by: Steven L. Skancke, Ph.D., Chief Economic Advisor at Keel Point and formerly White House and Treasury Department Staff Member
How long the COVID-19 pandemic will last and its impact on the economy and financial markets is difficult to predict. Steven L. Skancke, Chief Economic Advisor at Keel Point answers some of the frequently asked questions he is receiving.
Update on COVID-19 Impact on Economy and Financial Markets
1. What will be the impact of COVID-19 and containment measures on economic growth?
- Containment measures have shuttered businesses and disrupted employment relationships critical to reopening the economy. March jobs lost through March 12 were 700,000. New unemployment claims for the weeks ending March 20 and 27 were another 10 million, with another 6 million expected to be reported tomorrow, Thursday, April 9.
- US economic growth is likely to be negative in 2020 First Quarter and down another 12% – 20% q/q in the second quarter (April -June 2020) depending on when containment measures are ended.
- China’s growth is likely down 20% q/q in the first quarter. With China starting to lift containment measures, economic activity is rebounding and reportedly is approaching being ½ way back. Wuhan reportedly is reopened, but Beijing is still locked down.
- International trade has been disrupted, leading to lower economic growth in the US and globally. The global economy will likely decline 1.5% in 2020 vs positive growth of 2.9% projected just three months ago. Trade will not recover fully, with globalization and its benefits declining over time.
- US tariffs imposed during the last two years continue to undermine stimulus efforts costing households between $500-$1,700 per household. Tariffs also increase the cost of personal protective equipment (face masks and gloves) and medicines, according to a just-released CBO-Federal Reserve report.
2. When will the economy reopen and what will it look like after the COVID-19 pandemic?
- Reopening the US economy will depend on widespread availability of testing and COVID-19 therapeutics that give workers and consumers confidence about marketplace safety. Former FDA Commissioner Gottleib has reported on prerequisites for full-scale reopening.
- Eagerness to reopen soon is growing and preventing a premature return to “normalcy” is a growing concern. It is sparking the increasingly public debate about a trade-off between public health and economic wellbeing. Reopening and then a resurgence of COVID-19 infections and mortality would be catastrophic.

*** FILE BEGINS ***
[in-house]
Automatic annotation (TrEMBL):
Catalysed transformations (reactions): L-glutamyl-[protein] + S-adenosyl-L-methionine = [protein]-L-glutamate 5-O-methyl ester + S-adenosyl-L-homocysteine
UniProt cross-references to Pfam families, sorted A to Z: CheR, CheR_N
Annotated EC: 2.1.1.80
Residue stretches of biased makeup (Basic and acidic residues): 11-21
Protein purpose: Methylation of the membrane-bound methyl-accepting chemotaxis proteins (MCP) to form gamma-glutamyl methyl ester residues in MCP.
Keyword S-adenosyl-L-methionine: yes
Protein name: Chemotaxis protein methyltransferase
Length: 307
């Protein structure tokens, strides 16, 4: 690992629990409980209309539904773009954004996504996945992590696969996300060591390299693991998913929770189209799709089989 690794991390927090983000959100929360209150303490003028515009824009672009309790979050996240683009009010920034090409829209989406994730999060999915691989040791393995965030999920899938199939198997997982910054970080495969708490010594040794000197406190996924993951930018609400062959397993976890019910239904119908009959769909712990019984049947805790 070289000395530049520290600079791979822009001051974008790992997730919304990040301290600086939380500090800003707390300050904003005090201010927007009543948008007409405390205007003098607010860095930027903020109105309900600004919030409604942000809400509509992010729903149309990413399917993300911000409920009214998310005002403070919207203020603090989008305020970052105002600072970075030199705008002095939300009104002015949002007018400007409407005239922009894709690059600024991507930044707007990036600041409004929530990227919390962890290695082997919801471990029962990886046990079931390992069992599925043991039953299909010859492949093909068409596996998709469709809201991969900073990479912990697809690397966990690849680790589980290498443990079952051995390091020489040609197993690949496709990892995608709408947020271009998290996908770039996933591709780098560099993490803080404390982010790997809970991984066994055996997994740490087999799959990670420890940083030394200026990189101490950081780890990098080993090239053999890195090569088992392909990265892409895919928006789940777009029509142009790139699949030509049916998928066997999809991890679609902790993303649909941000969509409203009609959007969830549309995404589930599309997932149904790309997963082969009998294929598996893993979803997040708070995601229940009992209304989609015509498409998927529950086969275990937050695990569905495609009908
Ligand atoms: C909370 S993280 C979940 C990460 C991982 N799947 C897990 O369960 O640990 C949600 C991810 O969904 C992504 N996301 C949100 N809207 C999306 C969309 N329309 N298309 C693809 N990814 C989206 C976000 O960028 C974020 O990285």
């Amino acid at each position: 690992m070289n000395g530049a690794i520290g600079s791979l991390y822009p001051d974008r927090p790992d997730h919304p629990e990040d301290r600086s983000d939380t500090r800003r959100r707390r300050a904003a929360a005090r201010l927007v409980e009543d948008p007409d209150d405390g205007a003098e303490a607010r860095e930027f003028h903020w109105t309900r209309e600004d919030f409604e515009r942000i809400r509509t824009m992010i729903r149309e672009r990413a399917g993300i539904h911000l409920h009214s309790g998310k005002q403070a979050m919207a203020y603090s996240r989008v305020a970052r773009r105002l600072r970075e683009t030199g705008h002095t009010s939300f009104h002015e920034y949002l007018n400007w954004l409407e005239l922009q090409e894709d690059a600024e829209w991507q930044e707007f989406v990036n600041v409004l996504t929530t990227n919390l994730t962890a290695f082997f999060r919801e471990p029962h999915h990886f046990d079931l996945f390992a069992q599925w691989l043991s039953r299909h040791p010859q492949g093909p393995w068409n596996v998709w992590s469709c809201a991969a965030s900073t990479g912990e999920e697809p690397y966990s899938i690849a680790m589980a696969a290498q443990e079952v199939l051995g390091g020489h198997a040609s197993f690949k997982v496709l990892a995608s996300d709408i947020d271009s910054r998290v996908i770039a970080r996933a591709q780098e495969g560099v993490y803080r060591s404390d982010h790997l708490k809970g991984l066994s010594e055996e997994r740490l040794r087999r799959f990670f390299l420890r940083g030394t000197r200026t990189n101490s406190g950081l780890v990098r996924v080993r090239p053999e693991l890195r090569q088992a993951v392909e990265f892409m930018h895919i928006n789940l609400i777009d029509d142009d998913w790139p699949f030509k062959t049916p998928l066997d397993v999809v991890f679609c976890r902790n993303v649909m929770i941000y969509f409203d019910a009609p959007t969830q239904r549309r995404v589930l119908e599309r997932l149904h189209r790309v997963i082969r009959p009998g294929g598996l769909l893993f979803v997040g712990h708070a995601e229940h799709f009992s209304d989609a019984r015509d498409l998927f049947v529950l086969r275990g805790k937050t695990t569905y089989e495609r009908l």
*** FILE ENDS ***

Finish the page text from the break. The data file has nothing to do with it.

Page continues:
- The US economy and most other developed market economies will experience an immediate recovery bounce and then return to a pre-crisis path of growth within 2 years. Some loss of output and income is permanent.
3. What about Financial Market recovery after the coronavirus?
- Financial markets will recover when uncertainty about virus and containment impact and policy measures is resolved.
- The recent rebound in financial markets signals a willingness to embrace reduced uncertainty even in the face of growing infection and mortality rates.
- Unexpected increases in reported infections as testing becomes more widely available could provide a negative surprise in financial markets.
- When the sustained turnaround begins, the S&P can be up as quickly as it was down.
4. What more can we expect from the White House, Congress and Federal Reserve?
- So far, the fiscal and monetary stimulus programs are about $10 trillion in their combined potential effect, which is not widely understood or appreciated.
- The Federal Reserve has been pro-active and pre-emptive in providing its full support for credit markets to assure they are not obstacles to business continuity or recovery. They are the star performers and have high credibility.
- The Executive and Legislative branches have been slow to act and to enact measures that they find are increasingly challenging to implement. Their principal goals are the right ones: keeping businesses solvent, preserving employment relationships, and supporting displaced workers. The delays in enactment and implementation are exacerbating individual and national hardships, however.
- The US Congress is expected to provide further stimulus as the current measures are exhausted or prove ineffective. Measures providing further support for State and Local governments will be included, possibly adding further support for municipal debt markets to the Fed’s mandate. There will also be a focus on US companies cutting jobs but continuing to pay dividends and buy back shares.
- Though not likely to happen, the President could rescind or suspend all tariffs recently imposed against China and others. This would put $500-$1,700 back in consumer pockets beginning immediately.
5. How will we pay for all this? Will this be a problem for inflation?
- The US government costs (including reduced tax revenues) will be covered by increasing the Federal debt and expanding the Federal Reserve balance sheet. Some of the debt increase will be bought in capital markets and some by the Federal Reserve by increasing the money supply. In the longer term, the additional debt and money creation may be inflationary. In the shorter term, the larger problem is deflationary pressures from declining economic growth.